7. Jared Golden of Maine said, “Today, I will vote against the HEROES Act. This was a difficult decision, because I support many provisions in the bill. However, by significantly expanding the scope of the legislation beyond core, urgent needs and insisting on the inclusion of a series of unrelated provisions, House leaders missed the opportunity to make bipartisan progress on these issues. Our communities desperately need relief, but this bill moves us no closer to delivering that relief.”

8. Kendra Horn of Oklahoma, so I told you a lot of what she said on Friday, but just to take a quick excerpt from that, she said, “Messaging bills without bipartisan support are a disservice to the American people, especially during a time of crisis.”

9. Conor Lamb of Pennsylvania said, “People in western Pennsylvania and all over the country have sacrificed a lot during this crisis. They expect us to put politics aside, work together, and focus on defeating the coronavirus. This bill is not focused, it was rushed to a vote too fast, and it doesn’t help us accomplish that core mission.”

10. Elaine Luria of Virginia said, “This $3 trillion package and the previous relief bills would double federal spending for this year and spending of this scale requires careful consideration and input from all members, not just one party. Congress has a responsibility to work together to deliver results, especially during a public health emergency and an economic crisis. A spending bill of this magnitude must be approached in a bipartisan manner and utilize a transparent process where Democrats and Republicans come together to identify the most impactful solutions.”

11. Ben McAdams of Utah said, “This isn’t a plan, it’s a wish-list. At a time when thousands of people are sick, millions are out of work, and small businesses face bankruptcy, we should be laser-focused on a strategy that opens up business and gets people back to work while also addressing the public health crisis caused by this virus. Republicans and Democrats need to come together on a plan to put this crisis behind us and not waste time with party politics.”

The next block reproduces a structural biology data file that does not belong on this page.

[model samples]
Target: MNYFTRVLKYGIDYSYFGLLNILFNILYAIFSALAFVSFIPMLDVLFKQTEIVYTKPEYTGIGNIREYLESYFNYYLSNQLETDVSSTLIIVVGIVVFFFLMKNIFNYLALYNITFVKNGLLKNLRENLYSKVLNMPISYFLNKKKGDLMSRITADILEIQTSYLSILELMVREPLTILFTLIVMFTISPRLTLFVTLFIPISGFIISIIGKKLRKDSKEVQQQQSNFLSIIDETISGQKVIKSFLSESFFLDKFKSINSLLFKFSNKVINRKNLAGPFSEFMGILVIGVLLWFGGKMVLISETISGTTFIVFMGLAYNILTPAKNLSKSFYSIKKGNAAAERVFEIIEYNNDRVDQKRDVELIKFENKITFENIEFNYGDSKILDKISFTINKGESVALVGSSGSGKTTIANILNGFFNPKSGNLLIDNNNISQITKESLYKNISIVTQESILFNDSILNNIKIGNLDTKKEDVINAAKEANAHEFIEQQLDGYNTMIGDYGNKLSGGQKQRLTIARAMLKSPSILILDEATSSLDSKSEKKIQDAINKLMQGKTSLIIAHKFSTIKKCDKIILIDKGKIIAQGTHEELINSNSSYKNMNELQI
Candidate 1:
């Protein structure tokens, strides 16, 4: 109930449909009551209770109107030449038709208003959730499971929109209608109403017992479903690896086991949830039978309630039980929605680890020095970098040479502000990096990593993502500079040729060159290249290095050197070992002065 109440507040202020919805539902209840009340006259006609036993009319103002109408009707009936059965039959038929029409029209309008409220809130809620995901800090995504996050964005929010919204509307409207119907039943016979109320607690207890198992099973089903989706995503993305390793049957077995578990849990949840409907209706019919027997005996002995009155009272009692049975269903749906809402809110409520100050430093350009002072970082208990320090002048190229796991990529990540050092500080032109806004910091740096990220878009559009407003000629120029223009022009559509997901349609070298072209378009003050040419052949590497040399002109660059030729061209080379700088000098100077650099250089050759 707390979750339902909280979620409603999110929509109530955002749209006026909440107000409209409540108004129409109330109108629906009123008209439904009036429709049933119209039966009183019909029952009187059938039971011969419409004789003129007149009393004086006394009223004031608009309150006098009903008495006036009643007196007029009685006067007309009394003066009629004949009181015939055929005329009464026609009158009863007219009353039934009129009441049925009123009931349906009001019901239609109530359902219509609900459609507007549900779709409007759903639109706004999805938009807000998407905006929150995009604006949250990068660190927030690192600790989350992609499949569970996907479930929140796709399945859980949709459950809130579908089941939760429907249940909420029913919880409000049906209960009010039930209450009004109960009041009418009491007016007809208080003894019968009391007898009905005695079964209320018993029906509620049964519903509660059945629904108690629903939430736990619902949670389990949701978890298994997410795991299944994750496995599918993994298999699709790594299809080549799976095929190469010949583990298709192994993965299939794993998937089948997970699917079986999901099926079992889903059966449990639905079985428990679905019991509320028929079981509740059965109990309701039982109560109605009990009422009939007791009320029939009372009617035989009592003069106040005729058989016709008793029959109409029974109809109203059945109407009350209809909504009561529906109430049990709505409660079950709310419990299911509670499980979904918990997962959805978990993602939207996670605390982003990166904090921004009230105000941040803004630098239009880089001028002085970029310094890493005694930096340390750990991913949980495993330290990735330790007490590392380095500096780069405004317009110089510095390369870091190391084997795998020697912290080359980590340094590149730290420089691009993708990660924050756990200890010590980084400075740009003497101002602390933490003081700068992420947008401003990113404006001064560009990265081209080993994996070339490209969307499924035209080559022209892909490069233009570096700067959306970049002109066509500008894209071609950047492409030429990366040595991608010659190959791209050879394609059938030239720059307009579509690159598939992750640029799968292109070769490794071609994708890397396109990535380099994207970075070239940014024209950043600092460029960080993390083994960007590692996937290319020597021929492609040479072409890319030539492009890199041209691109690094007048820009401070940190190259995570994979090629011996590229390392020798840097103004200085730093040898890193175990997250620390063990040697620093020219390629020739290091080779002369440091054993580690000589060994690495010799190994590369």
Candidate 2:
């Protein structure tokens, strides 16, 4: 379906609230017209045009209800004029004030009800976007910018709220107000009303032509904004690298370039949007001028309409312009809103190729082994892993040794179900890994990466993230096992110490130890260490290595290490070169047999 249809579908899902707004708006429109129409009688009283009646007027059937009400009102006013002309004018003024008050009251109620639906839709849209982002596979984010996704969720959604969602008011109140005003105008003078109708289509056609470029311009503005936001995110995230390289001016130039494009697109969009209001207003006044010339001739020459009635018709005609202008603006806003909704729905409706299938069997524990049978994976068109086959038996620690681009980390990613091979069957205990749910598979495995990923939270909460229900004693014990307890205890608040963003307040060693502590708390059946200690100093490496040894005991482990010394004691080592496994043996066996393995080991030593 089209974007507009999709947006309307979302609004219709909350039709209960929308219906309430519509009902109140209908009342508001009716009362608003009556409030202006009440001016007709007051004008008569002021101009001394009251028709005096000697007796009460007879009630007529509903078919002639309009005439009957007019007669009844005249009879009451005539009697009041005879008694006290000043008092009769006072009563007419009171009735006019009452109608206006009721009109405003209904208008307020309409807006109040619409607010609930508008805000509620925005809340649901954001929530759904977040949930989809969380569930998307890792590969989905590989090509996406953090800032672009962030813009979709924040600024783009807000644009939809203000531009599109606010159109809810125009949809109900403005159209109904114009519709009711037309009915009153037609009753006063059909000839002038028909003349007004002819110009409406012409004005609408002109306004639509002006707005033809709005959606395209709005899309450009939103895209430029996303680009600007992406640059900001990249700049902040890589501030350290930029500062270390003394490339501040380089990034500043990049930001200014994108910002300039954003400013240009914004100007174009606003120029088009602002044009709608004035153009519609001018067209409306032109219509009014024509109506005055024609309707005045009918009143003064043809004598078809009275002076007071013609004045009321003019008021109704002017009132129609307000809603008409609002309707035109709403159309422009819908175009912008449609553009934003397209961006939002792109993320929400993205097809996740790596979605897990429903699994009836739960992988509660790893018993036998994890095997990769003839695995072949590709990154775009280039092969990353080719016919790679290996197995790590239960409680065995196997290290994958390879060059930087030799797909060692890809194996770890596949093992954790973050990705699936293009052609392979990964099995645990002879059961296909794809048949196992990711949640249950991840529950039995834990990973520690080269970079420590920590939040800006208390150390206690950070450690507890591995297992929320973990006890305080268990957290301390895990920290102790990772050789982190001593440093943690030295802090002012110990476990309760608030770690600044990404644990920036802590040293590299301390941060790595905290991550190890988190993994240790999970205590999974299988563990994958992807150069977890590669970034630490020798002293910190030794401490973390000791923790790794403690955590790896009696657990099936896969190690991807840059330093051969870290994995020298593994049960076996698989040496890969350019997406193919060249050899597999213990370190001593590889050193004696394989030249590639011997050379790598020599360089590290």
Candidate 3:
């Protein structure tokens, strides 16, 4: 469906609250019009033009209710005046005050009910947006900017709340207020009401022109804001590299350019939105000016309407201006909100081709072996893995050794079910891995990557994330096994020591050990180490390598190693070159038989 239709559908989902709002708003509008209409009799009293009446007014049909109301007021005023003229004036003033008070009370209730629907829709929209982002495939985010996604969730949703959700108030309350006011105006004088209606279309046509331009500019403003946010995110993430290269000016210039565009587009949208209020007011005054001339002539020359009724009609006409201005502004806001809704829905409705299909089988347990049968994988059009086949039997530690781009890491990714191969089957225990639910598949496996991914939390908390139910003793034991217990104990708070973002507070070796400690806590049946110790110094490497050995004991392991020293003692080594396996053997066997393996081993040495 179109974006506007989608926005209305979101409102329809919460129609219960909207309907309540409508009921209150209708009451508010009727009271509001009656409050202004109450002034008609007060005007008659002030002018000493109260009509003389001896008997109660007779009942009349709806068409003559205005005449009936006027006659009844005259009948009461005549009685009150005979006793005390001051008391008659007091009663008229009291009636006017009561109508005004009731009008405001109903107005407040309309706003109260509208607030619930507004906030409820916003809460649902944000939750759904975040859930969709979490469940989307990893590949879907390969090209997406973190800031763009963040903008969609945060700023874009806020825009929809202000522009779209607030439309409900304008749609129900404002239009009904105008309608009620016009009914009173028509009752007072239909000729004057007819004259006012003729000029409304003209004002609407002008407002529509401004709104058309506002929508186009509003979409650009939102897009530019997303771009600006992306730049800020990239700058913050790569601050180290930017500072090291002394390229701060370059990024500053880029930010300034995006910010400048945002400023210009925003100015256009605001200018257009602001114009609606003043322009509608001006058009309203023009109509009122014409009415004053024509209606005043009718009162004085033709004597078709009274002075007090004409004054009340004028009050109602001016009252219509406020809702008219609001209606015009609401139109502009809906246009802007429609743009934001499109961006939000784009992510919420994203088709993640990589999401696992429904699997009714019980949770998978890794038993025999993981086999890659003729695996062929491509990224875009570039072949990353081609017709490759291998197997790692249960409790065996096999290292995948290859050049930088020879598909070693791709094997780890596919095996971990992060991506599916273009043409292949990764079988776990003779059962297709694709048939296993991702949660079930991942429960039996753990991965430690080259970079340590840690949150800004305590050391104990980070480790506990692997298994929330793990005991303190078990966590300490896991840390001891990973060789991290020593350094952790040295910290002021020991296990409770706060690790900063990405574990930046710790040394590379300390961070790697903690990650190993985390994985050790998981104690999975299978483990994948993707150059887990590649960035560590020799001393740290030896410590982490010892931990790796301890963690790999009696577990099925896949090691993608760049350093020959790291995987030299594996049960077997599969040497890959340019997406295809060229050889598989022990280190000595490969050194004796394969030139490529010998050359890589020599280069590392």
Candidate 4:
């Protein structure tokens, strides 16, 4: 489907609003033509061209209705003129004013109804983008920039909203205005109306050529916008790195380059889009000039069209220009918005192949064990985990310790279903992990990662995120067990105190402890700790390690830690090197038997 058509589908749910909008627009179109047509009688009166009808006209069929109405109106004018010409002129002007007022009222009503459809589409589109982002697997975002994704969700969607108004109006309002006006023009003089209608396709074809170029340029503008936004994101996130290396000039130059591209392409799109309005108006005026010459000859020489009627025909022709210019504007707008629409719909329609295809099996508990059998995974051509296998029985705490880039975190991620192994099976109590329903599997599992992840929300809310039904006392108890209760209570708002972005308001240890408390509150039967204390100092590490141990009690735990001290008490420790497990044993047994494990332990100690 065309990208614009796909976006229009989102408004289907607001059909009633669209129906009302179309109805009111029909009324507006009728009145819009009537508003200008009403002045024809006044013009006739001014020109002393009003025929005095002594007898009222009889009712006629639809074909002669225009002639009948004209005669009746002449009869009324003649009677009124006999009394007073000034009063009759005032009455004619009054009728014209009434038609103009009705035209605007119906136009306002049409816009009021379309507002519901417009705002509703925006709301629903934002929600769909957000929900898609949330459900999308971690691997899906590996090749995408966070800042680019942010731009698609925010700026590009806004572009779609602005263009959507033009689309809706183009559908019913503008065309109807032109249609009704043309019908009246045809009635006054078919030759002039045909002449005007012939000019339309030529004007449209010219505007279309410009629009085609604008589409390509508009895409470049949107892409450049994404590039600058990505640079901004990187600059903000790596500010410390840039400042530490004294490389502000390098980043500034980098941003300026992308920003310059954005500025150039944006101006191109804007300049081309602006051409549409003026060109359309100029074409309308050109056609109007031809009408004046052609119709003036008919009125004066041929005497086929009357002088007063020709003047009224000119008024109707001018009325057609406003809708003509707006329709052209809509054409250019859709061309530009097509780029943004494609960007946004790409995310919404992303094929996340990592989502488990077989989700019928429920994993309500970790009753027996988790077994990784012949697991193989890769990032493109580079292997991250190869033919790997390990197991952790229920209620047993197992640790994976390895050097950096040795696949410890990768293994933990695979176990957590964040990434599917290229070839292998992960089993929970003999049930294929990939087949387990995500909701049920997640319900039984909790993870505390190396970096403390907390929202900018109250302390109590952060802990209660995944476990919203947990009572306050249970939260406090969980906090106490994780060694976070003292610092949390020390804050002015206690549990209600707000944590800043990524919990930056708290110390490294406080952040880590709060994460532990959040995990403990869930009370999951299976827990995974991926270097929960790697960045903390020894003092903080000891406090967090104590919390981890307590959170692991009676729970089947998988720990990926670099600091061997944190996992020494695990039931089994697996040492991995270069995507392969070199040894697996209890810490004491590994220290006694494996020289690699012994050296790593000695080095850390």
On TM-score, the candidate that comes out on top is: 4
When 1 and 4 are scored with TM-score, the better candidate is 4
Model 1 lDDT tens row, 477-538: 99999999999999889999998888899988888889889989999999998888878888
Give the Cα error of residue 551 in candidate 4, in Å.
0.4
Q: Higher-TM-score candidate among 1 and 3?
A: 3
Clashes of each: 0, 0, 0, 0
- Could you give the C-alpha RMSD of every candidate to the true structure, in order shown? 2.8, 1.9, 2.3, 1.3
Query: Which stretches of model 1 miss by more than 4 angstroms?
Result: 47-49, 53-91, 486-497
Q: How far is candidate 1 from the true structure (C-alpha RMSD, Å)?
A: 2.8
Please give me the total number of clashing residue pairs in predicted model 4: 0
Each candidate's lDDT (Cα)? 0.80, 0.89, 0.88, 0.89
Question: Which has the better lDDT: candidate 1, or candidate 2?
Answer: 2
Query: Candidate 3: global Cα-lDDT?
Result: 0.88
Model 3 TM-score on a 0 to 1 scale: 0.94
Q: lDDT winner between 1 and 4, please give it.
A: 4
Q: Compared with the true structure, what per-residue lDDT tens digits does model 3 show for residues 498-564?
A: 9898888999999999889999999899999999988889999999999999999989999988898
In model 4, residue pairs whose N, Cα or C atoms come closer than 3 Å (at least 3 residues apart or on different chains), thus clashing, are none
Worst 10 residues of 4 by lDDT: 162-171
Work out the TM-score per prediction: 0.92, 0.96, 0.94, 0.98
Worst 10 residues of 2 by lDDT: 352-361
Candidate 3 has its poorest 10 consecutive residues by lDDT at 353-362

12. Kurt Schrader of Oregon did not tell us why he voted the way he did, but he is one of the more conservative-voting Democrats in the House, so it’s understandable why he may have voted the way he did.

13. Xochitl Torres Small of New Mexico said, “Hard times call for strong priorities, and Congress should put aside partisan politics to rebuild through smart infrastructure investments.”

So those were the thirteen who voted against the HEROES Act because they thought it was too big, too much fluff, or too partisan.

But there is one member of Congress, Representative Pramila Jayapal — and you’ll remember her as one of the ones behind the Automatic BOOST to Communities Act, one of those $2,000 per month plans, well that one actually calls for $2,000 a month for a period and then $1,000 a month for a period after that — anyway she is further left than these other Democratic members of Congress, and here’s what she had to say:

“People across every part of the United States are facing an unprecedented crisis—one that directly impacts their jobs, their health and their daily lives. We have now lost more than 86,000 Americans, almost 30,000 more than we lost during two decades of the Vietnam War. For weeks, I have been clearly and consistently ringing the alarm bells that the next COVID-19 package must deliver real relief and certainty to people and businesses across the country so that they know how they will survive this crisis—both from health and economic perspectives, which are deeply intertwined. At the core, our response from Congress must match the true scale of this devastating crisis. The Heroes Act—while it contains many important provisions—simply fails to do that.”

So the others all brought up partisanship and unnecessary waste, Jayapal doesn’t bring any of that up, she’s saying, we have to stuff this thing with more provisions that Republicans will probably never go for.

Alright, so those are the 14 Democratic members of the House who voted against the HEROES Act this past Friday evening.

Did any of their statements resonate with you?